It takes time to recover from the sadness of being dumped in a corporate layoff.
It takes time to feel good after finding out that you did not get the job that was a perfect fit.
It takes time to regain momentum on a job search when you are really busy satisfying a boss you can’t stand.
Can you spare 15 minutes today? Try. It will be worth it.
- Sit down with a beverage, a pen and a piece of paper.
- Write down three things you are proud to tell people about from your career.
- Next add three things that you have achieved in your non-work life.
- Finally, if I asked three of your friends or colleagues about your best attributes, what would they say? Add those words to your list.
Sit back and take a look. Good, eh? You have a lot going for you. Take a deep breath and enjoy it for a moment.
Now, get back out there and slay those career villains!
Setting up an interview can be tricky. No matter how excited you are about the opportunity, it is another thing to squeeze into your already busy life.
When you are offered a time slot, make sure you can build in enough time to travel to the location and a good buffer on the other end as well.
Strategically, early and late in the day are probably best. Those times are usually easier to work into a schedule. Coming in a bit late and leaving a bit early are generally accepted for doctor’s appointments which is good because it won’t draw a ton of attention.
Things get awkward when either party is late for an interview. If you find yourself running late, call or send a short email with an apology and an estimated time of arrival. Try not to panic. You will get there when you get there and swearing at other drivers won’t make a bit of difference.
Hopefully, you took the time to prepare the night before and you know the directions and the suite number. Trying to read your phone and navigate when you are late is really hard to do.
What if you are on time, but the interviewer is late? What you do in this case is really up to you. I usually give 15 minutes grace period. That’s what I would want if I was the one who was late.
You might want to send a note to the person who set up the meeting after you have been waiting for 10 minutes. Maybe they can track the person down and find out what’s going on.
If enough time has elapsed that you are feeling a little irritated, then go. You don’t want to go into a conversation about a job in a pissed-off frame of mind. And honestly, if they don’t make time to meet you, do you really want them?
As this year’s class starts looking towards graduation, I have seen a disturbing trend. There seems to be this idea that university students should focus on finding their passion in their first job.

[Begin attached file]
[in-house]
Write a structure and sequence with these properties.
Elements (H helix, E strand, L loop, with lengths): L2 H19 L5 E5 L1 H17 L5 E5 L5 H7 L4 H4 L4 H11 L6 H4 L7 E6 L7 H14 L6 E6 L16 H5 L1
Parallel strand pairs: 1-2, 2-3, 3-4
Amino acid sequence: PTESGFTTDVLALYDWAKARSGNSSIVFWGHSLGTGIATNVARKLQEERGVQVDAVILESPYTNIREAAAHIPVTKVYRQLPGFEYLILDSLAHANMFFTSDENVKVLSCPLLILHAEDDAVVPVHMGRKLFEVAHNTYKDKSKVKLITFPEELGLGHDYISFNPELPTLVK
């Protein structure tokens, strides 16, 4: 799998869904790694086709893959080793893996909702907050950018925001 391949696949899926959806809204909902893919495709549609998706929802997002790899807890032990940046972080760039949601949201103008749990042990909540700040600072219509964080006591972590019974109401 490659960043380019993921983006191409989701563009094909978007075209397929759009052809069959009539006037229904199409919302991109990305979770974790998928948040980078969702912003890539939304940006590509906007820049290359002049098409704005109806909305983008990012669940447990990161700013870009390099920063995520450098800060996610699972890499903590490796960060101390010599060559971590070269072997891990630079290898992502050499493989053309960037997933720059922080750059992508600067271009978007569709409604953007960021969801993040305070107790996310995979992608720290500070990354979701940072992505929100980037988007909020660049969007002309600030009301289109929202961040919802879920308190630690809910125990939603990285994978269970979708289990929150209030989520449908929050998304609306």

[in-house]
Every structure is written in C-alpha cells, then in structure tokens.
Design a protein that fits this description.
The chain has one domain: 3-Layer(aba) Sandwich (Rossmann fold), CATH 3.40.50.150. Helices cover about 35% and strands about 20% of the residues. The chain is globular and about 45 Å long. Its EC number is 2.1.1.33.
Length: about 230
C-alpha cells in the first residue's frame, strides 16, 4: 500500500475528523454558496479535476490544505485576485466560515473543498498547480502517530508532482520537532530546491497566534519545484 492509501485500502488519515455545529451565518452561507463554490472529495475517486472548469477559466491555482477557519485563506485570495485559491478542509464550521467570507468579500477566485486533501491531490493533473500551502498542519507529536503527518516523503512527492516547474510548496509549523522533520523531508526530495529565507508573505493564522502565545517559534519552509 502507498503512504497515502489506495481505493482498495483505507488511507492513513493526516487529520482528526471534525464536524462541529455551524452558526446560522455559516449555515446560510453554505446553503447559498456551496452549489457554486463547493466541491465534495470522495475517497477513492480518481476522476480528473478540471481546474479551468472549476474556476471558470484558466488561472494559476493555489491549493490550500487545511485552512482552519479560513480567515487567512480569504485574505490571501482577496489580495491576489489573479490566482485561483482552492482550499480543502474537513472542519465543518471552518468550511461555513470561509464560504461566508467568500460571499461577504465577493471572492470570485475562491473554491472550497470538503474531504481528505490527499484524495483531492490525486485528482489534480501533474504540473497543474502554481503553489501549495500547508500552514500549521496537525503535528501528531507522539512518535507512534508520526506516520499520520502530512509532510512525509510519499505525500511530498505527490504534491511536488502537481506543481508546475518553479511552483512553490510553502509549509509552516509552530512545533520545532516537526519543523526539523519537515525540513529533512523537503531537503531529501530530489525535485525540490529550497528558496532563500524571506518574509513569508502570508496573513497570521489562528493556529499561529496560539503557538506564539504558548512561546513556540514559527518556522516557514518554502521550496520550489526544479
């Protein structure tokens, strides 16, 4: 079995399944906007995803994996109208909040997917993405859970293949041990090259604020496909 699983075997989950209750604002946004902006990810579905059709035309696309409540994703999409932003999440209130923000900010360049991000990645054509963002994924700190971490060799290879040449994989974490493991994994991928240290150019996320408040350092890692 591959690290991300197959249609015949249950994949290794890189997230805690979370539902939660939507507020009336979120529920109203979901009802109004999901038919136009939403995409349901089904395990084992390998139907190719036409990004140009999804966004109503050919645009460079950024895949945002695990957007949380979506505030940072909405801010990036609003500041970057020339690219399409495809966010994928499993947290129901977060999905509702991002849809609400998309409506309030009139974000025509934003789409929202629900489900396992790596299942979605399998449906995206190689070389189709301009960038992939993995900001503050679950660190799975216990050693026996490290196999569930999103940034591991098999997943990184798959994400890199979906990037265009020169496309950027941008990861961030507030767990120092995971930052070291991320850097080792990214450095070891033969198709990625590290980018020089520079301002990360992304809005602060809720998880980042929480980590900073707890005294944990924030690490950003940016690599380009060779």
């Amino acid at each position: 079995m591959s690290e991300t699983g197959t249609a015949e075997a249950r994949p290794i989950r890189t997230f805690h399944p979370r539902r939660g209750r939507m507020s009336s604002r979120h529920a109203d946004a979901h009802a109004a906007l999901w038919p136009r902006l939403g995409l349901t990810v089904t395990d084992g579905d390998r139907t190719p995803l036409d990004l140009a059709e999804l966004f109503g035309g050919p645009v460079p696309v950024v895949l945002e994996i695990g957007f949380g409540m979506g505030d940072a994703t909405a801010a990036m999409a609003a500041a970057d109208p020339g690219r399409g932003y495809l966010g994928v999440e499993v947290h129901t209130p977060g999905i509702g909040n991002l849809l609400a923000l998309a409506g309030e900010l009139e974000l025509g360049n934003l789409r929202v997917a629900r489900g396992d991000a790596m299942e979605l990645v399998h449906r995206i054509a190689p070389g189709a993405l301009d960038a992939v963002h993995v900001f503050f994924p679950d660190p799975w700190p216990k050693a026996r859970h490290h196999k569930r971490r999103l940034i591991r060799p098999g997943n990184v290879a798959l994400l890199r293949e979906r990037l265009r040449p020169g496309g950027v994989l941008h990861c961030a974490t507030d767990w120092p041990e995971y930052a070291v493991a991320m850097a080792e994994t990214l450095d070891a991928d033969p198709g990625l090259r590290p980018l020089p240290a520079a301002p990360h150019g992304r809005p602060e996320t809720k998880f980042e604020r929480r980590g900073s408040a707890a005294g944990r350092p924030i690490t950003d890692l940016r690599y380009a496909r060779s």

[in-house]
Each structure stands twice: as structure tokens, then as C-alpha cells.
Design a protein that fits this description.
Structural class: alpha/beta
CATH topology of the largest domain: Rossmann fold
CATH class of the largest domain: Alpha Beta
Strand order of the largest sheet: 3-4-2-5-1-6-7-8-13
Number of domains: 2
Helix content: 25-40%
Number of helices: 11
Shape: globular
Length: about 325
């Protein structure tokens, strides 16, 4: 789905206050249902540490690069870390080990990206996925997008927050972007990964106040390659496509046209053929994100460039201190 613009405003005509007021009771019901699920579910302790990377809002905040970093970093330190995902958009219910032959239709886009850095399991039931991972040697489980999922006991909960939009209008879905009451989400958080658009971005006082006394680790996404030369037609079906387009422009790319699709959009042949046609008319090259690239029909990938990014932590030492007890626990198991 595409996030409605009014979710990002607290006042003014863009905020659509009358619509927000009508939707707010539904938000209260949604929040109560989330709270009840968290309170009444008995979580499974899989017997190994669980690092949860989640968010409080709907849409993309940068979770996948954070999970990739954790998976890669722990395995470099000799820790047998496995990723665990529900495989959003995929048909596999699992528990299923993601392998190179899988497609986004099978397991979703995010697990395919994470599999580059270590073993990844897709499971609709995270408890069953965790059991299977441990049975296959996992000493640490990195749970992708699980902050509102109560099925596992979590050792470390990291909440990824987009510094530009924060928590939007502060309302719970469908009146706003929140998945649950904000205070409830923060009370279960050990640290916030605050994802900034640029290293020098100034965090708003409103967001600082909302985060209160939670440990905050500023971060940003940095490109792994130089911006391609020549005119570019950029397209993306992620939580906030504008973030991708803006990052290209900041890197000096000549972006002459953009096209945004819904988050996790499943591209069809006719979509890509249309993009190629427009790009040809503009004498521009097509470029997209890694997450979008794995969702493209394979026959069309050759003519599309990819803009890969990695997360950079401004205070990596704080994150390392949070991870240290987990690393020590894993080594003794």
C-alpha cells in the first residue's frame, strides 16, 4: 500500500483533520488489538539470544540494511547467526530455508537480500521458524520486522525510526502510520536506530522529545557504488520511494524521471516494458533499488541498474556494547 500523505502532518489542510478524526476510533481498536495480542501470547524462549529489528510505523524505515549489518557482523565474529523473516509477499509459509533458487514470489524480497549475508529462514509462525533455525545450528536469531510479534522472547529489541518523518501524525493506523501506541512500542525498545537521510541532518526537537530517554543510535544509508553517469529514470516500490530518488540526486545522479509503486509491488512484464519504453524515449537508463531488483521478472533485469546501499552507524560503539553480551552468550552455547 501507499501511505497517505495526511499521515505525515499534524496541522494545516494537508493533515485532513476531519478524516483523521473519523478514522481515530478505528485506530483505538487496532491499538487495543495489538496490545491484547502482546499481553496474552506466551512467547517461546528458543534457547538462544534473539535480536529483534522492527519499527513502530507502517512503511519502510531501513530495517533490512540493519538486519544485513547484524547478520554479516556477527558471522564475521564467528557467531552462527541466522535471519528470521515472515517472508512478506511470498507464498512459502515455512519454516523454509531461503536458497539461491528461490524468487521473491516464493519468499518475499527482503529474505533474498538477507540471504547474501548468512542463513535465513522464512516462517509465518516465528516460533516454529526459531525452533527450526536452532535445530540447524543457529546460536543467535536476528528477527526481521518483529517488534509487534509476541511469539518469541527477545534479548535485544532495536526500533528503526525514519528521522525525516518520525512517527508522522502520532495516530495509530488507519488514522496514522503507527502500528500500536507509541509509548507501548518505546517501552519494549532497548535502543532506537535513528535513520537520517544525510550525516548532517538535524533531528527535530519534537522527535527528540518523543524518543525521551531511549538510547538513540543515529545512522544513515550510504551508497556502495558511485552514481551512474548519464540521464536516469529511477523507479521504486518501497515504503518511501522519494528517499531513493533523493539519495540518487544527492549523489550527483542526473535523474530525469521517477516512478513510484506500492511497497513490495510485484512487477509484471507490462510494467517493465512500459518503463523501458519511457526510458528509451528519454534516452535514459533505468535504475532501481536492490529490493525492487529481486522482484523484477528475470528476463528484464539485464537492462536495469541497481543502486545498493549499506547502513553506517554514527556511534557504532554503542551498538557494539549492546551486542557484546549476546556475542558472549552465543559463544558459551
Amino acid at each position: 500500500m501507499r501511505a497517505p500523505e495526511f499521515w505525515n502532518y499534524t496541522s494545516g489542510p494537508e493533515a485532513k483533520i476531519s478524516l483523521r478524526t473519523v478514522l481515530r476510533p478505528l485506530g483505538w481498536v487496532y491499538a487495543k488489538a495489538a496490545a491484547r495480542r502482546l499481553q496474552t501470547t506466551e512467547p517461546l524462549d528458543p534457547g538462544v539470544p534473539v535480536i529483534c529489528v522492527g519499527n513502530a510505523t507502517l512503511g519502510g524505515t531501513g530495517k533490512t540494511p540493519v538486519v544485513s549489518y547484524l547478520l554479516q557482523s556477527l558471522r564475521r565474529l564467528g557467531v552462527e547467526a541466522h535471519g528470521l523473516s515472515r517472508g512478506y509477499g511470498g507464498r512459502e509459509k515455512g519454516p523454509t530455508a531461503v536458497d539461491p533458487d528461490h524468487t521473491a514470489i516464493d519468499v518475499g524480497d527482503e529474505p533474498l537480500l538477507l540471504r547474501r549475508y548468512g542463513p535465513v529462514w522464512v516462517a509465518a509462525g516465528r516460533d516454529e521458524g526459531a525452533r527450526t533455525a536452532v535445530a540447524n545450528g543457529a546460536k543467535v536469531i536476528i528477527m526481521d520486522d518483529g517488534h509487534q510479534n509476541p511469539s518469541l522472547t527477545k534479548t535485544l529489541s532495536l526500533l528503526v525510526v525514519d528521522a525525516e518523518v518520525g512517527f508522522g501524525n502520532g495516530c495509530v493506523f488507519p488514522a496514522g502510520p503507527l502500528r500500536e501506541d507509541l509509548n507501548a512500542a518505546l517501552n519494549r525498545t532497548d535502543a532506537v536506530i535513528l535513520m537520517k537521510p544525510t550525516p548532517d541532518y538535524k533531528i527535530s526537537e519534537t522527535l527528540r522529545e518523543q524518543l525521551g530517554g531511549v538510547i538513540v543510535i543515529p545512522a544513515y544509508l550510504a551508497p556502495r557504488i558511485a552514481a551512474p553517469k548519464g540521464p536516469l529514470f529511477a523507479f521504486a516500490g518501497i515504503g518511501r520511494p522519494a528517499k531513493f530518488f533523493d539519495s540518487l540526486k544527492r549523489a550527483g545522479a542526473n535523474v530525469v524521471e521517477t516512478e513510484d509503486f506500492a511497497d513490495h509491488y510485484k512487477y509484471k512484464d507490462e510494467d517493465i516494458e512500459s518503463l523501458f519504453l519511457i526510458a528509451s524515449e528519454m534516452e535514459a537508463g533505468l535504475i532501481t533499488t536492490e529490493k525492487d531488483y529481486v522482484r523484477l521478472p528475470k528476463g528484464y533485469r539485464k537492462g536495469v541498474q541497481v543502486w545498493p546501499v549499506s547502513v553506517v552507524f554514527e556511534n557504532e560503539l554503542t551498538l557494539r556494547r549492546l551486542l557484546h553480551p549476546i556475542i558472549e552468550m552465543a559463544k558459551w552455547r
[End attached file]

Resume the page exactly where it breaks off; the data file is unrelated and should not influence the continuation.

Find their passion? Most teenagers cannot find their pants. How can we think that they will find their passion somewhere between the pub, the classroom and the dorm?
I think expecting to find your passion before you can legally drink is pretty unrealistic. As parents, we are setting up a pretty big failure platform if we set those expectations before they even leave high school.
There are exceptions: gifted athletes, artists and musicians have their talents identified early on so they are pretty advanced on the passion scale. People following in the family footsteps of law or accounting, have a prescribed path too. (Sometimes in spite of their passion)
University and first jobs are more about finding what you don’t like. Learning about the kind of professors/bosses that you don’t get along with. Working with group members who don’t pull their weight. Figuring how to identify the room mate who parties too much; that sort of thing.
The world is really, really big. You have to get out there and explore it beyond just university. Don’t be surprised if your passion does not start to reveal itself until you are well into your 30s or even later.
In the end, it’s not about when you find it, it’s about recognizing when you are in the right place at the right time and really enjoying yourself. That‘s what we are all shooting for.
just finished interviewing a candidate and it went really well. The
conversation flowed naturally, the answers were crisp and to the point and the
motivation was clear and rational.
What do you
do? Usually, you jump in and start
making arrangements for the next step in the process. You let the candidate know that the
experience was positive and you are looking forward to next steps.
What if the
conversation was not so good? Do you
quickly let them know? Probably not.
you want to get a second opinion. You
think maybe there is some common ground but you are not sure about the delivery